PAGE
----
Current utility of the BPH25 and BPH26 genes and possibilities for further resistance against plant- and leafhoppers from the donor cultivar ADR52 uri icon

abstract

  • This study examines the resistance of recently developed near-isogenic rice lines (NILs) with BPH25 and BPH26 genes and the resistance donor cultivar ADR52 against Philippine populations of the brown planthopper, Nilaparvata lugens (StAyenl). Monogenic and pyramided lines with BPH25 and BPH26 were largely ineffective against the planthopper in a series of laboratory bioassays. In previous studies, BPH25 and a pyramided BPH25 + 26-NIL had been effective in reducing the fitness of N. lugens collected in Mindanao (Philippines); however, the virulence of the planthopper appears to have developed recently in Mindanao so the NILs are now ineffective. ADR52 showed marginal resistance against N. lugens, was more generally resistant against the white-backed planthopper, Sogatella furcifera (Horvath), and had strong resistance against the green leafhopper, Nephotettix virescens (Distant). Resistance against the latter two species was not derived from either BPH25 or BPH26, indicating that the cultivar possesses other resistance genes. For all three insect species, egg laying was constant on ADR52 as the plants aged; however, resistance against nymphs of all three insects increased as ADR52 aged. ADR52 had generally high tolerance against all three insects, which increased under high nitrogen conditions. The results of this study indicate ADR52 is a potential source of further resistance genes against leafhoppers and planthoppers. However, the results also indicate the need to carefully manage resistance genes to avoid adaptation by target insects as has occurred with BPH25 and BPH26.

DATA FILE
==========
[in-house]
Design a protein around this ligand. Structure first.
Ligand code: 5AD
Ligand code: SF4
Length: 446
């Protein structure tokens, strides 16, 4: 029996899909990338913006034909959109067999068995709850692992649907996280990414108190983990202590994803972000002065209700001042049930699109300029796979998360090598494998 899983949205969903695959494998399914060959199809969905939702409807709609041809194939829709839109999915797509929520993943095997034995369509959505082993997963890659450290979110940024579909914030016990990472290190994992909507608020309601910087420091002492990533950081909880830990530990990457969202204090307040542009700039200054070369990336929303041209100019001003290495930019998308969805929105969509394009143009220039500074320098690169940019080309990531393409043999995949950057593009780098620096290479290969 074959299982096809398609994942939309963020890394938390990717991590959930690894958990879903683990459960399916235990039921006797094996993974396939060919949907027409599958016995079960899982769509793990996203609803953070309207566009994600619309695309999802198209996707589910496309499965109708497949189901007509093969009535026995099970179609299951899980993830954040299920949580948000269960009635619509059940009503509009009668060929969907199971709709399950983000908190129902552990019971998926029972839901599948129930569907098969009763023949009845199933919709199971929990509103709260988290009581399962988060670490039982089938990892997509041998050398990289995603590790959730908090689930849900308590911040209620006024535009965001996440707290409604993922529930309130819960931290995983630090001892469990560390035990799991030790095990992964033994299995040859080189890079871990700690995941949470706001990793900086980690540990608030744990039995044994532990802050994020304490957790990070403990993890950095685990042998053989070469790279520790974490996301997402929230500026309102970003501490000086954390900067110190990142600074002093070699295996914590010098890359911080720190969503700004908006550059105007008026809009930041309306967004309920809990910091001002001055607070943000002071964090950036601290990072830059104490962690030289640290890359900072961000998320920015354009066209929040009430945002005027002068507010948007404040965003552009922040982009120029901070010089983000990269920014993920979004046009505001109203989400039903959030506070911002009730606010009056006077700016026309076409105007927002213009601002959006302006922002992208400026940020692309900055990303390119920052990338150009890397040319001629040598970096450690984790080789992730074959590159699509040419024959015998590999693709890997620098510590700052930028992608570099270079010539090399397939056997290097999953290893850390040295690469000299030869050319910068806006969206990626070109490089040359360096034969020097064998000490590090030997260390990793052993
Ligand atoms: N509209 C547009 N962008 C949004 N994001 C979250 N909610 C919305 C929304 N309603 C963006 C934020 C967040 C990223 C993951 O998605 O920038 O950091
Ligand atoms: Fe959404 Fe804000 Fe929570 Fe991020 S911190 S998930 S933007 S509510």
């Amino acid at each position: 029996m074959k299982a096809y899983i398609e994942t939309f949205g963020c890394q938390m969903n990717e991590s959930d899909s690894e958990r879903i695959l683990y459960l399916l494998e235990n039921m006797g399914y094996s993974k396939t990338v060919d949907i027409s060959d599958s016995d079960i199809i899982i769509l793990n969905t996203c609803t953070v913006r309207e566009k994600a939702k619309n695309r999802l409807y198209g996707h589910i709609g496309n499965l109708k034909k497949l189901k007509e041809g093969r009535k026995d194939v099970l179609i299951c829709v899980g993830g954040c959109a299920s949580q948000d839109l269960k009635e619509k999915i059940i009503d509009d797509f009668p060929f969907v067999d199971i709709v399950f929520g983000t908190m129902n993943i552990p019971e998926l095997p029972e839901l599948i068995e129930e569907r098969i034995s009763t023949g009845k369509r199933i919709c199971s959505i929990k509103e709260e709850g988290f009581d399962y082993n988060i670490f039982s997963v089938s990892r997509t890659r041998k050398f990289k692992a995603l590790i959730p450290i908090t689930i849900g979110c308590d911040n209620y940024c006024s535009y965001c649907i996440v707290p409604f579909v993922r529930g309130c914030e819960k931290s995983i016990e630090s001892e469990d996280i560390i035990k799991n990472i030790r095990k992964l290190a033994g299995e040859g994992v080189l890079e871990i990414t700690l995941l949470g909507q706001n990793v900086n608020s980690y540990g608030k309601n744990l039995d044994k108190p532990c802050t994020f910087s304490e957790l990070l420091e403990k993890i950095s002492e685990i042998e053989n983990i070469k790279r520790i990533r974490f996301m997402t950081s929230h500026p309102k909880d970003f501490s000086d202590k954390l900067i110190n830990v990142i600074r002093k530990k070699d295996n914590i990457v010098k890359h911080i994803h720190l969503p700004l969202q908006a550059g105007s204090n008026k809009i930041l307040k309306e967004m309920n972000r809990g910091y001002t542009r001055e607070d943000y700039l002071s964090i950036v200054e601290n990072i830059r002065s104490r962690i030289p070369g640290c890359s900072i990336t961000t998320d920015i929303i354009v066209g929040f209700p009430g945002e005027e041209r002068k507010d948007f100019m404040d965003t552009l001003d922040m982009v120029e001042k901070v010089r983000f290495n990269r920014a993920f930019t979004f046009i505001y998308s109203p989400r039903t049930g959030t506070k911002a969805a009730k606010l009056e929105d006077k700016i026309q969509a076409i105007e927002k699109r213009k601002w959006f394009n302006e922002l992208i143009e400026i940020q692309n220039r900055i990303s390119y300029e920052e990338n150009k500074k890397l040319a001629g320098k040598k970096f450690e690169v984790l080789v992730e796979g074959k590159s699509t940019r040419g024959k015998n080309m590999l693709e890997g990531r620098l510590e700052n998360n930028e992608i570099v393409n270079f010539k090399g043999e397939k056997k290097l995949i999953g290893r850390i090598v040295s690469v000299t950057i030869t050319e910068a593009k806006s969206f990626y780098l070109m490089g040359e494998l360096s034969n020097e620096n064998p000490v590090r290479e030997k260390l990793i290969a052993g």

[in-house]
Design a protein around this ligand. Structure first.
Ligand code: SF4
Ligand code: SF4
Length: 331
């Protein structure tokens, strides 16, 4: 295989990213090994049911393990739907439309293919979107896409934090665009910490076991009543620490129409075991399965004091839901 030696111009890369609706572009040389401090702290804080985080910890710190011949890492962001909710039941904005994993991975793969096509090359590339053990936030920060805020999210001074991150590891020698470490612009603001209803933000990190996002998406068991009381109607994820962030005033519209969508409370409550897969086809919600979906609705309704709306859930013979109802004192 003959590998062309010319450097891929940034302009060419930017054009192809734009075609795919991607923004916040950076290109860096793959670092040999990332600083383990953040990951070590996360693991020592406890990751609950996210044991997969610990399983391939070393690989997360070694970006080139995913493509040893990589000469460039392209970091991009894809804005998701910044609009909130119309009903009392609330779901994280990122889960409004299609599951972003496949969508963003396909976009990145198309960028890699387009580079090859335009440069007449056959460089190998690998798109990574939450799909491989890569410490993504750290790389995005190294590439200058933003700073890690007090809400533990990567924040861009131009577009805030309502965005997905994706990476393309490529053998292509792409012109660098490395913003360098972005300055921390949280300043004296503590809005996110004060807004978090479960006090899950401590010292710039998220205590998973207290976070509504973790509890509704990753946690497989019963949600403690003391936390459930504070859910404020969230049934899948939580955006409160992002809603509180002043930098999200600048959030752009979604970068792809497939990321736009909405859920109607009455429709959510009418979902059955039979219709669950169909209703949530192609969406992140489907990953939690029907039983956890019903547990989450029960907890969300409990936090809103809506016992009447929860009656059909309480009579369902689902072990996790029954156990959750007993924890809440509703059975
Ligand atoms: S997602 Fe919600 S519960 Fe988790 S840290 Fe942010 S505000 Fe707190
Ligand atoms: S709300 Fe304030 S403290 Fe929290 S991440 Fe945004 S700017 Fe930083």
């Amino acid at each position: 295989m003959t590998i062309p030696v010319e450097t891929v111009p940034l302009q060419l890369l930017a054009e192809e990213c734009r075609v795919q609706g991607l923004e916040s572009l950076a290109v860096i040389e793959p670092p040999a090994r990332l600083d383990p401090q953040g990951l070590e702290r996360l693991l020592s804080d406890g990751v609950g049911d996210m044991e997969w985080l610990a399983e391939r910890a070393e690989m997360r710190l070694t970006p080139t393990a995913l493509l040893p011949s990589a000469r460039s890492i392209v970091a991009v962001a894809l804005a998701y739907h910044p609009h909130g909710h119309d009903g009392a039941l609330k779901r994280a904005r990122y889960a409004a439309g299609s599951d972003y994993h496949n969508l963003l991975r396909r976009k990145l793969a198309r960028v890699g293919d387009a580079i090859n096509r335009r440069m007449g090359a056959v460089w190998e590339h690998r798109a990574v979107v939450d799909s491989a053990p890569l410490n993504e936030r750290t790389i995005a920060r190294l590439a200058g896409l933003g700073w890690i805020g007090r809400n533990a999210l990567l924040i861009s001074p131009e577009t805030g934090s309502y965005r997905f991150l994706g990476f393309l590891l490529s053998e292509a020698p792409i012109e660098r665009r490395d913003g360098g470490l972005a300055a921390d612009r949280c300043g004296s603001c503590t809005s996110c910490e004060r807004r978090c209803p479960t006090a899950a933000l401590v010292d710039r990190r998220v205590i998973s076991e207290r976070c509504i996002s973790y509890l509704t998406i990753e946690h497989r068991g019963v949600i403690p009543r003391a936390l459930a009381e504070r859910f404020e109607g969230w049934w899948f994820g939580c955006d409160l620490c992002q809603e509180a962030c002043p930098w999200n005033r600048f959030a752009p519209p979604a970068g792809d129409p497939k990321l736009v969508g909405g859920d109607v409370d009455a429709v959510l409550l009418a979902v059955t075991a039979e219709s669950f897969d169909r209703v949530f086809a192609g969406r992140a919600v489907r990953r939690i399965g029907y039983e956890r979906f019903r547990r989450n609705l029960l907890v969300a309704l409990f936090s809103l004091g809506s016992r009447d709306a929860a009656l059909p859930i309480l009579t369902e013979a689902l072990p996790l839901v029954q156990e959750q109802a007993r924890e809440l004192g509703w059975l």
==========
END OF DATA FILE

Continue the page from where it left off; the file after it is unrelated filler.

publication date

  • 2015
  • 2015
  • 2015